Abstract

Dissolved strontium and calcium concentrations in fresh-water lenses (FWL) and associated mixing zones (MZ) on two small, Holocene ooid-sand islands in the Schooner Cays, Bahamas, were monitored during a 1-yr period to quantitatively analyze the transformation of aragonite to calcite. The observed characteristics of this mass transfer are functions of climate and hydrology.

Aragonite-to-calcite transformation in all hydrologic zones is primarily associated with meteoric recharge. The transformation occurs throughout the FWL and in the MZ to relative salinities of 19% and 36% sea water on the two islands. Rates of transformation are rapid in all zones and are greatest in the FWL. A limestone composed of 100% calcite should form from an aragonite precursor within 4,700 to 15,600 yr in the FWL, and within 8,700 to 60,000 yr in the upper MZ.

Efficiencies of transformation can vary between hydrologic zones due to PCO2 effects; yet, the efficiency of the entire system (FWL + MZ) is high (87%). This indicates that most CaCO3 derived from aragonite dissolution is reprecipitated as calcite somewhere in the fresh-water system or upper mixing zone.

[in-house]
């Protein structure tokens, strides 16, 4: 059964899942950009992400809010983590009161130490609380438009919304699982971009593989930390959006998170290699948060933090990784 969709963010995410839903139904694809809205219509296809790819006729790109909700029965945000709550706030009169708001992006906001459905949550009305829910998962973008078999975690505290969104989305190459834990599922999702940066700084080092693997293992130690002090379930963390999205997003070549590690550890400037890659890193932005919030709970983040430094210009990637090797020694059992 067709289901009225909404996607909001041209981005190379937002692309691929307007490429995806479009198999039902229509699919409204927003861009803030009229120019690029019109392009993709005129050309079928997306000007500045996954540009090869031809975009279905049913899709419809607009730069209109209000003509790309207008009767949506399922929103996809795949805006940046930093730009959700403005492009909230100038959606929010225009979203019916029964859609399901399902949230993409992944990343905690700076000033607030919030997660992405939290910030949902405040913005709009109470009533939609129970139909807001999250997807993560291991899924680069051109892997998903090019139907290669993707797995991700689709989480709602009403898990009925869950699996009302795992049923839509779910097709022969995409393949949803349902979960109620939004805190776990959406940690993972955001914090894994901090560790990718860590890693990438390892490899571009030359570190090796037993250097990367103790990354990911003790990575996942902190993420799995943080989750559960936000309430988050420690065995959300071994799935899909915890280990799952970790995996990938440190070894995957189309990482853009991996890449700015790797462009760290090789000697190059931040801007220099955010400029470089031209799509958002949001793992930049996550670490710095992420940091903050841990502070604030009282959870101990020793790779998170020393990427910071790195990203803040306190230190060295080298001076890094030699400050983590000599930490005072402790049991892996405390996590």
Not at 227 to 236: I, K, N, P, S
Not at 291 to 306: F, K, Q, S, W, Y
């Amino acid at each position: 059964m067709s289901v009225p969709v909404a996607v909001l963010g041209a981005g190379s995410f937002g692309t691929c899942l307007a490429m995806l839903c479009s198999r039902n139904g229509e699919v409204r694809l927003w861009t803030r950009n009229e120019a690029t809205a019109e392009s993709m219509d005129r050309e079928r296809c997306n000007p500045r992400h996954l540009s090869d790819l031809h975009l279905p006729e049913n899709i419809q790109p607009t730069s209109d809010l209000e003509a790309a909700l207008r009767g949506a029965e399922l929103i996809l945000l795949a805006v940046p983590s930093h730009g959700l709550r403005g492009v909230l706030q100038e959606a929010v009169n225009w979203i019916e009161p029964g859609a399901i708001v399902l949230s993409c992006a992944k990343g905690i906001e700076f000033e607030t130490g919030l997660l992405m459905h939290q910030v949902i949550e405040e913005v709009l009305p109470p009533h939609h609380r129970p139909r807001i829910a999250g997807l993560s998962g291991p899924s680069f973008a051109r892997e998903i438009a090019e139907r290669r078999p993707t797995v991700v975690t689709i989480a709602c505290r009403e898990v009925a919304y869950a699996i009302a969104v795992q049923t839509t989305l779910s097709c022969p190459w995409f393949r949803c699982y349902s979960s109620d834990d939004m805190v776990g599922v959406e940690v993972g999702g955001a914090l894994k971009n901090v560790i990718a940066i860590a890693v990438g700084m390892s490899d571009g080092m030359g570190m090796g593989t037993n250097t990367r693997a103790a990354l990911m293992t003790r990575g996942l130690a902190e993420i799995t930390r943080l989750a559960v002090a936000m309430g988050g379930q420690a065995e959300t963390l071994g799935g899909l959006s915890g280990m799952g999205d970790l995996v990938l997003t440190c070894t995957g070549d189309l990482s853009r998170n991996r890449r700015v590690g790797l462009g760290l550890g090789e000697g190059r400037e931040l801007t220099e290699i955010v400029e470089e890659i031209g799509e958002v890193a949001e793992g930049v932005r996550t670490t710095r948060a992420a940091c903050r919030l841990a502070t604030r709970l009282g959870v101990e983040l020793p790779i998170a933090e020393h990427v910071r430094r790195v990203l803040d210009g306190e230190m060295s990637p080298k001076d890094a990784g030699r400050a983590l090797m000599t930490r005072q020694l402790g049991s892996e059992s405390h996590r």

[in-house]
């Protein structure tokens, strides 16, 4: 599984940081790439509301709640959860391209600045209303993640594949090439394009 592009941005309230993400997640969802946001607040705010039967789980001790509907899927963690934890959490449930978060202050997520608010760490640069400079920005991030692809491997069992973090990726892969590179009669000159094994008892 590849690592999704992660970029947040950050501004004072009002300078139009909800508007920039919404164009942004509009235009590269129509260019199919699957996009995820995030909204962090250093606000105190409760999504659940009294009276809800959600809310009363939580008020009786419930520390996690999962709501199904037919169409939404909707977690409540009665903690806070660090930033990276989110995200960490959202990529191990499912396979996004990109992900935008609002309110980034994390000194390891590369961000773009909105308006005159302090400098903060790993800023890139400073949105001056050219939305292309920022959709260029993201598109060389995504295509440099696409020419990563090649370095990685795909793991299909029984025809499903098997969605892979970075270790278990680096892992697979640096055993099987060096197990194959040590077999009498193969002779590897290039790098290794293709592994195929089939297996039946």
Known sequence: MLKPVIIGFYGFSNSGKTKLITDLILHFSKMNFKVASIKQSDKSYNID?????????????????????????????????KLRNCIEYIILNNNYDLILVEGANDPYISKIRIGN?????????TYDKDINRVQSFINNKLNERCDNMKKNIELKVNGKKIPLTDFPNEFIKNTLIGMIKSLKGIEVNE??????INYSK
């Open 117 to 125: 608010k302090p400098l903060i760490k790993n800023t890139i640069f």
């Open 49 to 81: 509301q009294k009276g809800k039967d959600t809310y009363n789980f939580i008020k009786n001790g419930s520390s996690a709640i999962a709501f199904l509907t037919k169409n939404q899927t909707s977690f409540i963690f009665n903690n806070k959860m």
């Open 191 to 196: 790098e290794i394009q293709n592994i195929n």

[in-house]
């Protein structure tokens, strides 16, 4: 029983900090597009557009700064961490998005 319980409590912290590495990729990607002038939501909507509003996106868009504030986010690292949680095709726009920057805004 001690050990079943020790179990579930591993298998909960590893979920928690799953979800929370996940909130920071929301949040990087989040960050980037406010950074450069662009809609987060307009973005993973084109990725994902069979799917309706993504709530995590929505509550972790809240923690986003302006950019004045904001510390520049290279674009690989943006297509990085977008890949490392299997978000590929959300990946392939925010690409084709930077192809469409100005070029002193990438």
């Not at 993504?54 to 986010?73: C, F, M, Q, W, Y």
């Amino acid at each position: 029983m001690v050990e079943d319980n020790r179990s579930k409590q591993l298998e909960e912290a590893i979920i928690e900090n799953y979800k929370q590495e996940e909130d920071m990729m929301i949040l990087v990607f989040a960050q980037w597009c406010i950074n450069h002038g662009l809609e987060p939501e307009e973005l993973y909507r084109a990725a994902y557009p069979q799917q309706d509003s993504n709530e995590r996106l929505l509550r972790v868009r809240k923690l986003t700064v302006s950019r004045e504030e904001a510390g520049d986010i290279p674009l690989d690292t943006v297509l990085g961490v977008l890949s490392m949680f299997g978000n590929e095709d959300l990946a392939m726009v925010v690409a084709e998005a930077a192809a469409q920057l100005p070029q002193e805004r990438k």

CO2 effects, fresh-water-sea-water mixing, and the differing solubilities between aragonite and calcite all drive the mass transfer. The latter is the most significant, accounting for up to nine times more mass transfer than CO2 effects and at least ten times more mass transfer than fresh-water-sea-water mixing. Differing solubilities should also cause mass transfer to occur throughout the hydrologic cycle, but it apparently becomes ineffective after the rainy season, possibly due to the inhibition of calcite precipitation.

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